Tag Archives: Upstate

Paperbacks to Look Out for in March 2019: Part Two

Cover imageThe first batch of March’s paperbacks fell neatly into a time sequence whereas this one jumps about all over the place both in terms of period and theme. I’ll begin with a one of my 2018 favourites: Donal Ryan’s From a Low and Quiet Sea, a carefully crafted, moving novella which explores love, loss and connection through the stories of three very different men, bringing them neatly together at its end. Farouk is a bereaved refugee, Lampy helps out at the local care home, spending much of his time in a rage, and John is fixer, bent on the corruption of good men. It’s a tricky manoeuvre to tell your characters’ stories in discrete parts then merge them as subtly as Ryan does here but he pulls it off beautifully, writing in prose which has a lilting rhythmic beauty.

A description which could also be applied to many of the stories in Helen Dunmore’s Girl, Balancing, a posthumous collection put together by her son Patrick Charnley. Many of the themes running through these stories will be familiar to Dunmore fans. Family, friendship, memory, love and passion, and, of course, women and their place in the world, are all adroitly explored. As ever with Dunmore, so much is said in a few precisely chosen words. There’s not one dud in this collection which captures its author’s wonderful facility with language and acute observation.

Curtis Sittenfeld’s first collection, You Think It, I’ll say It, is another treat for short story lovers. its overarching theme is the gulf between our perception of ourselves and other people, and theirs of us. Characters’ initial impressions are often proven entirely, sometimes comically, wrong. Gender is firmly to the fore – women and childcare, expectations of female beauty, distribution of domestic chores are all deftly and effectively handled. Altogether an intelligent, satisfying collection which neatly skewers modern social mores with a sly, occasionally waspish wit.Cover image

Chloe Caldwell’s Women is so short – a mere 130 pages – that it could almost pass as a lengthy short story but for all that it took me far longer to read than I’d expected. It charts her narrator’s passionate, destructive affair with a woman much older than herself, ending just a year after it began. There’s a feverish intensity about the first-person narrative which makes it feel raw and confessional, all the more so given that Caldwell has made no secret of drawing on her own experience for this book. For me, it was a book to admire for its stripped down, meticulously crafted writing rather than enjoy.

Tortured relationships are also the subject of Tayari Jones’ An American Marriage. Ray and Celeste are staying in a hotel when he is hauled off in the middle of the night, falsely accused of rape just eighteen months into their marriage. Jones charts the effects of his imprisonment on their relationship from both Ray’s and Celeste’s perspectives. Racism, class and marriage are put under the microscope as are absent fathers and attitudes towards women in this tightly controlled, powerful novel.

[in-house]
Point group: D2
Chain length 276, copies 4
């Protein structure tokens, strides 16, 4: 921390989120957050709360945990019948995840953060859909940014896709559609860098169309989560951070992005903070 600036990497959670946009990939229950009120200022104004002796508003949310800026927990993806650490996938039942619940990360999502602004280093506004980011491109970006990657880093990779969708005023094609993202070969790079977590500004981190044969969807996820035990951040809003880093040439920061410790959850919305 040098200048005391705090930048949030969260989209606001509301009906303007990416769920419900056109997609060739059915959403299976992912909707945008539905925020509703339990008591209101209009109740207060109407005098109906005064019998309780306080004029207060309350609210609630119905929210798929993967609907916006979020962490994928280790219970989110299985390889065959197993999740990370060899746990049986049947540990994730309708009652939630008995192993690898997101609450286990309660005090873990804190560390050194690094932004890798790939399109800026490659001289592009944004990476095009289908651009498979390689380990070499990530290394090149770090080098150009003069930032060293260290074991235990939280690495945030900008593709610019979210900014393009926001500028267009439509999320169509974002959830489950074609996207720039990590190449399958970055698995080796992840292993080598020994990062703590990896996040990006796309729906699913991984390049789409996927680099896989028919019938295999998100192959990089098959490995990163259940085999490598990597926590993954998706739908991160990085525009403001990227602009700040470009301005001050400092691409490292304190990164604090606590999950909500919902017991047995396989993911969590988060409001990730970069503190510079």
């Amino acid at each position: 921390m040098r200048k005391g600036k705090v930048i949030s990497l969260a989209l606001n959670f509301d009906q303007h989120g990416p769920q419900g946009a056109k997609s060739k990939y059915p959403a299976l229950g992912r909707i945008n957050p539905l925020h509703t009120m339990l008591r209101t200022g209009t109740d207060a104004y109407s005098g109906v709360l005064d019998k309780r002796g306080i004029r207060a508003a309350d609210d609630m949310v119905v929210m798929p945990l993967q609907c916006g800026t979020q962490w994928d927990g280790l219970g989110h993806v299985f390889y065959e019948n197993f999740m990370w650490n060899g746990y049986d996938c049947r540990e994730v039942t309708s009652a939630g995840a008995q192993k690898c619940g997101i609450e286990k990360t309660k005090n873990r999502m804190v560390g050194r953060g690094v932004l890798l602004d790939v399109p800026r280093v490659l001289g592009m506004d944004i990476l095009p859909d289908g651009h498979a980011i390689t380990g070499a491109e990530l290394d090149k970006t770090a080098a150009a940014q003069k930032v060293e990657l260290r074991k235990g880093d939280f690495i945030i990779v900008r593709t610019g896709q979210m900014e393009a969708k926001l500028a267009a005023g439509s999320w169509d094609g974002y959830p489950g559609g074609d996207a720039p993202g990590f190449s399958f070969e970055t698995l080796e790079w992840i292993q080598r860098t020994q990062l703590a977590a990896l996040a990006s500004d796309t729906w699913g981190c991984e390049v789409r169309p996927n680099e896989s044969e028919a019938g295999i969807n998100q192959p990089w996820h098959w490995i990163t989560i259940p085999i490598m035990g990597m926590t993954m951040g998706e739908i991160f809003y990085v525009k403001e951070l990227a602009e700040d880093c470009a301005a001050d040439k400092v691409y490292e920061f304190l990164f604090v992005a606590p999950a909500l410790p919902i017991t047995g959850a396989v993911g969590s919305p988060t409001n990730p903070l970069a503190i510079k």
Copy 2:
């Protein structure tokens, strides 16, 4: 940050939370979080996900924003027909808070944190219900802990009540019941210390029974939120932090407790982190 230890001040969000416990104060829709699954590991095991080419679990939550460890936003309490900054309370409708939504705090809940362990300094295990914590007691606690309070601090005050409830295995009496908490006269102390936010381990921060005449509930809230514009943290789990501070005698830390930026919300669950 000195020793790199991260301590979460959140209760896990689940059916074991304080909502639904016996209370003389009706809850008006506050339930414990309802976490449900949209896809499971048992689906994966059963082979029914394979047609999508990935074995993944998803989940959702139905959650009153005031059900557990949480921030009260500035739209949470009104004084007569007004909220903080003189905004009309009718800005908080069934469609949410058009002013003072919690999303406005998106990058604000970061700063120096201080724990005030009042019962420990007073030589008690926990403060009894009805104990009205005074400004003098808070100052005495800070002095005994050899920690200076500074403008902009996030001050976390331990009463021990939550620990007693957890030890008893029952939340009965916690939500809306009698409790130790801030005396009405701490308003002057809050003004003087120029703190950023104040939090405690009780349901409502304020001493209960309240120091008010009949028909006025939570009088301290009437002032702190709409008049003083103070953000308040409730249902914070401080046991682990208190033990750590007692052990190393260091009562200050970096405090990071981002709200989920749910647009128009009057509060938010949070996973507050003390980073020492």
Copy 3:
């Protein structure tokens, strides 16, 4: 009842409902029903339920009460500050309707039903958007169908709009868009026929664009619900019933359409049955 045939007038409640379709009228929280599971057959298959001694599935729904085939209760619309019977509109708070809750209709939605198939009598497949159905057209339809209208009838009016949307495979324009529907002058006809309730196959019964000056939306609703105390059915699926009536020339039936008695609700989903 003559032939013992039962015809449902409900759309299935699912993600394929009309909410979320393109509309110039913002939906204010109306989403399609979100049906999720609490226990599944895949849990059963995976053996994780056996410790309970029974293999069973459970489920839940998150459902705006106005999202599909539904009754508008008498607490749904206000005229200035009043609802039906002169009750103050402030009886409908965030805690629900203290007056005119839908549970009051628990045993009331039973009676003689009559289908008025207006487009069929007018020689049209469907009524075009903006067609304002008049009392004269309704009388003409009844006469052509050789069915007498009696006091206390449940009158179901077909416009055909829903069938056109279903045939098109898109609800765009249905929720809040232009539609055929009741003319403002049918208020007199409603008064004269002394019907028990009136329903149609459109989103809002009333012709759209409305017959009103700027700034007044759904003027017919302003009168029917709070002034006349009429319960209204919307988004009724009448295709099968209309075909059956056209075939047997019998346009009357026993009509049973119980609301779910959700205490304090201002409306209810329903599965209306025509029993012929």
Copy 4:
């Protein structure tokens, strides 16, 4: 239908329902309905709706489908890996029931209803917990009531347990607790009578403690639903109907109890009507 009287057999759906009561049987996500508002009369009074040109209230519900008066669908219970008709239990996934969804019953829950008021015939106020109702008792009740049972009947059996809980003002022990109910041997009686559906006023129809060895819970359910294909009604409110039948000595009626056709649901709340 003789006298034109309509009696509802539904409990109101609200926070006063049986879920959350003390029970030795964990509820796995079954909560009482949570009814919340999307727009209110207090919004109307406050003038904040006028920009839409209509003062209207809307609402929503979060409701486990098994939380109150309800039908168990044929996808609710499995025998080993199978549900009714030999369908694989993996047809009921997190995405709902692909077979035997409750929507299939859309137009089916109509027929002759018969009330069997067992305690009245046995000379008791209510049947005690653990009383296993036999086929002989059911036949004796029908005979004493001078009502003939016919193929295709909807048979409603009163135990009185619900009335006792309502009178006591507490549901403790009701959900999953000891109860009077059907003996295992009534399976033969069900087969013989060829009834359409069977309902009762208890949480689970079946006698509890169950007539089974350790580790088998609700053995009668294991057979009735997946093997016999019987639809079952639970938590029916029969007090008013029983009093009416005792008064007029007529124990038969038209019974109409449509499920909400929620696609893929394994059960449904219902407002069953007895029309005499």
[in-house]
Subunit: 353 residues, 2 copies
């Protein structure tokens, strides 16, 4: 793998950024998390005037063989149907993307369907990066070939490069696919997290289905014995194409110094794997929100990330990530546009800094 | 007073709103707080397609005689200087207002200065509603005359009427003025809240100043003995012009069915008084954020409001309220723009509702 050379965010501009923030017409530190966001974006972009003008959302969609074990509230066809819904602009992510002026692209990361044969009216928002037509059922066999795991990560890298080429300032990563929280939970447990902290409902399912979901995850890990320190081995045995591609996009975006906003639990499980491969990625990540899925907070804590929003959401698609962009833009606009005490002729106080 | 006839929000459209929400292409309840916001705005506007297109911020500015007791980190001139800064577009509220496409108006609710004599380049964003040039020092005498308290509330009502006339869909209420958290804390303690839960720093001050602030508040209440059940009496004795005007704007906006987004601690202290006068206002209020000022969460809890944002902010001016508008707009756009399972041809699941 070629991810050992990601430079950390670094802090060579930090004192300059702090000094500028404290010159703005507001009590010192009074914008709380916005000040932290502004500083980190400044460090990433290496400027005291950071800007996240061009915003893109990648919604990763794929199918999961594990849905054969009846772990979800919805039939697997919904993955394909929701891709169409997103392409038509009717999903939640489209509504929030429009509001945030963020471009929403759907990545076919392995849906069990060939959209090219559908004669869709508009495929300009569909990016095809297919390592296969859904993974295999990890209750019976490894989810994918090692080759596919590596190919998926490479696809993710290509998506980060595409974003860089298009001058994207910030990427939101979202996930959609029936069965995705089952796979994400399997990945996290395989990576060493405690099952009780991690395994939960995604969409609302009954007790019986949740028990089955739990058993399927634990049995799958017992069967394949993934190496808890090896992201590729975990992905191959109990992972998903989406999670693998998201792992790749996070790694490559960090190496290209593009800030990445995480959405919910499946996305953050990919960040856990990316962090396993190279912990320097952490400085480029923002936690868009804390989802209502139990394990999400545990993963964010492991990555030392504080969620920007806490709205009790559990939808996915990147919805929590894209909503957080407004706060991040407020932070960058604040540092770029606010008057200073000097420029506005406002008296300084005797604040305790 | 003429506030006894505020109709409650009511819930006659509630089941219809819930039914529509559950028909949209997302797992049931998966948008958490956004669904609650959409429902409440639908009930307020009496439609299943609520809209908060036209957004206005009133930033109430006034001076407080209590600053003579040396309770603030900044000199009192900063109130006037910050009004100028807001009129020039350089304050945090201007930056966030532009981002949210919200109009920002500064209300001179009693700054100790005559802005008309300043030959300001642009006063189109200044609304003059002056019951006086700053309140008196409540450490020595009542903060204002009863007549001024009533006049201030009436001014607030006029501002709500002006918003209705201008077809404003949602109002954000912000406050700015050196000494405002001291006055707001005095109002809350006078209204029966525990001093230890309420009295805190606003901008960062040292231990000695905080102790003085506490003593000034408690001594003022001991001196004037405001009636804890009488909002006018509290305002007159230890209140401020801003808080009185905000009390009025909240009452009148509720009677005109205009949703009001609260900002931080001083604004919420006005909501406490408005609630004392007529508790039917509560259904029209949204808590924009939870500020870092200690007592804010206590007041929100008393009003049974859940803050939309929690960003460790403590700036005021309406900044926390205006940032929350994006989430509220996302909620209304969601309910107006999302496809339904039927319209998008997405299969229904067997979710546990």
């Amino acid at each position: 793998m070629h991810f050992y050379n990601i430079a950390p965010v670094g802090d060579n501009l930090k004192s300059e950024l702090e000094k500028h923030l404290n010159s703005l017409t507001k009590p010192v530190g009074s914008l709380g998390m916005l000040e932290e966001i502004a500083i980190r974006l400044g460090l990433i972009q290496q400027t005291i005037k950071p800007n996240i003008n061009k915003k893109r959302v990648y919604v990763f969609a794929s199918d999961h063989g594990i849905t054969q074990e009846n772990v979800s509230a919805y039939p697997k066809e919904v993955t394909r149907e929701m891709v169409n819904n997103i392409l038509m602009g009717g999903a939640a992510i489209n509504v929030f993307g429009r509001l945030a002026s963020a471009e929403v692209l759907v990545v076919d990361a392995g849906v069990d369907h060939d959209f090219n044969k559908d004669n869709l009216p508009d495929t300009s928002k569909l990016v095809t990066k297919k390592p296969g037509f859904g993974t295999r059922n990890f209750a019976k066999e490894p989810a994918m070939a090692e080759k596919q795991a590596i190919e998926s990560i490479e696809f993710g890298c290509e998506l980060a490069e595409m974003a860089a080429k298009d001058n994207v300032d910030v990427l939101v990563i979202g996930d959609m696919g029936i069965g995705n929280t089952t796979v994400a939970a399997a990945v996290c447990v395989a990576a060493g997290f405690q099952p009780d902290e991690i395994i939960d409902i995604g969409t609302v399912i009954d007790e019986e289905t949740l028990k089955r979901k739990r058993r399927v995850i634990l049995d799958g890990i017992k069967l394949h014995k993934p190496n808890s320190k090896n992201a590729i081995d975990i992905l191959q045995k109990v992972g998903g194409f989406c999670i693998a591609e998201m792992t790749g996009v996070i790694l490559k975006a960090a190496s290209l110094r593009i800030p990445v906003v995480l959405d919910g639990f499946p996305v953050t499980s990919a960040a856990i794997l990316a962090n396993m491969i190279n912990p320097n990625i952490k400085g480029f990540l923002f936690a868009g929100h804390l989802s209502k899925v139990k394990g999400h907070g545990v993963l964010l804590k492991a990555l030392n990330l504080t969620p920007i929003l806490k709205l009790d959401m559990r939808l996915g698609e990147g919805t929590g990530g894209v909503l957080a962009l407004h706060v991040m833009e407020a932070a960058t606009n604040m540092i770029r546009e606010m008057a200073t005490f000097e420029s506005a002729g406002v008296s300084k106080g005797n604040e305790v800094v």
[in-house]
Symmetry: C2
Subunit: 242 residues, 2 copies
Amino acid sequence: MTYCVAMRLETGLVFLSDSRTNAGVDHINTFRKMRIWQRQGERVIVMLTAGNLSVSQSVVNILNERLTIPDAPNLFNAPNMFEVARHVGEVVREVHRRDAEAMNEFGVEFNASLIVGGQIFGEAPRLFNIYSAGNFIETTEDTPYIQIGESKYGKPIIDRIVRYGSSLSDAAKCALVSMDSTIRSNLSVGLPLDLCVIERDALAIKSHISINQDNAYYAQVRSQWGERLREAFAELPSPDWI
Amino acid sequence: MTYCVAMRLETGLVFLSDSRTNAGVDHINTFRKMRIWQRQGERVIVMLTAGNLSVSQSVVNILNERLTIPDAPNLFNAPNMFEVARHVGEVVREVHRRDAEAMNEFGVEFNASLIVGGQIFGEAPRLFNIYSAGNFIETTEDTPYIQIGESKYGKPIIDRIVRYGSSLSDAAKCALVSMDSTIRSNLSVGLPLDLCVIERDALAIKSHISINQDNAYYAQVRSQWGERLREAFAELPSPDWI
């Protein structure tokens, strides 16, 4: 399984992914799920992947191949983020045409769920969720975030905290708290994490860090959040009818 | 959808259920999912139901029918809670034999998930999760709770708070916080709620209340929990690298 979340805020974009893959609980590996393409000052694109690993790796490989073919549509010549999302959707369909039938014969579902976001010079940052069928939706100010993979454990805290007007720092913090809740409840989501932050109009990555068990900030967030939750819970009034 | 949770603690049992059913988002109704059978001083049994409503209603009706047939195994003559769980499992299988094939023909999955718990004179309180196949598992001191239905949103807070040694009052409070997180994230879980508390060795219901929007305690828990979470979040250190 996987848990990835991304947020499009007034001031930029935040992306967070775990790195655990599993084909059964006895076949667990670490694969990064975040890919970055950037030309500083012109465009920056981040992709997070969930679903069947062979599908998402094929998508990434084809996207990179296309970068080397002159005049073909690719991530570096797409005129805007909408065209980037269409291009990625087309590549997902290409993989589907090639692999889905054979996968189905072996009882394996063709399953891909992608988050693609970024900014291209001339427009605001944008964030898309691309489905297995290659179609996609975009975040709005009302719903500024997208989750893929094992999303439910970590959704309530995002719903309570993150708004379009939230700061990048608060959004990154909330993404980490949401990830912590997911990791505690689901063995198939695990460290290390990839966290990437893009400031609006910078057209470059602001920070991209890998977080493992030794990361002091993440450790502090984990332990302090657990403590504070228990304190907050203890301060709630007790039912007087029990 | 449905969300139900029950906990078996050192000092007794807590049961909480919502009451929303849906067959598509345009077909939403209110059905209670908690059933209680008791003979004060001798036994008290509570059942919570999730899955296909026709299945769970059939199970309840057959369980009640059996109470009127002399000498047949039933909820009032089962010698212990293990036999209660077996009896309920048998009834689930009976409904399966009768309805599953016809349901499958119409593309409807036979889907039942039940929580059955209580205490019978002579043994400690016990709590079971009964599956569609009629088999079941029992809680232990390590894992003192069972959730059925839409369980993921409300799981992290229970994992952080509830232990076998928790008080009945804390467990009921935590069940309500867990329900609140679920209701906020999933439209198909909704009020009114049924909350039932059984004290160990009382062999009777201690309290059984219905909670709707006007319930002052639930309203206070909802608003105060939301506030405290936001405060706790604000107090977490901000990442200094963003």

I’ve yet to read James Wood’s Upstate in which two sisters – one a philosopher, the other a record executive – are still coping with the emotional fallout of their parents’ bitter divorce. When Vanessa suffers a crisis, Helen and her father travel to upstate New York where over six days the family struggles with life’s big questions. ‘If, as a favourite philosopher of Vanessa’s puts it, “the only serious enterprise is living”, how should we live? Rich in subtle human insight, full of poignant and often funny portraits, and vivid with a sense of place, Upstate is a perceptive, intensely moving novel’ say the publishers of what sounds like a weighty piece of Cover imagefiction.

Finally, Paolo Cognetti’s The Eight Mountains has a particularly appealing premise: two very different Italian boys meet in the mountains every summer. Pietro is a lonely city boy who comes to the Alps for his holidays while Bruno is the son of a local stonemason. These two explore the mountains together, becoming firm friends but take widely diverging paths as they become men. Annie Proulx has described Cognetti’s novel as ‘Exquisite… A rich, achingly painful story’. It sounds right up my street.

That’s it for March’s paperbacks. A click on the first five titles will take you to my review or to a more detailed synopsis for the other two, and if you’d like to catch up with both the first instalment and March’s new titles, they’re here, here and here.

 

Books to Look Out for in March 2018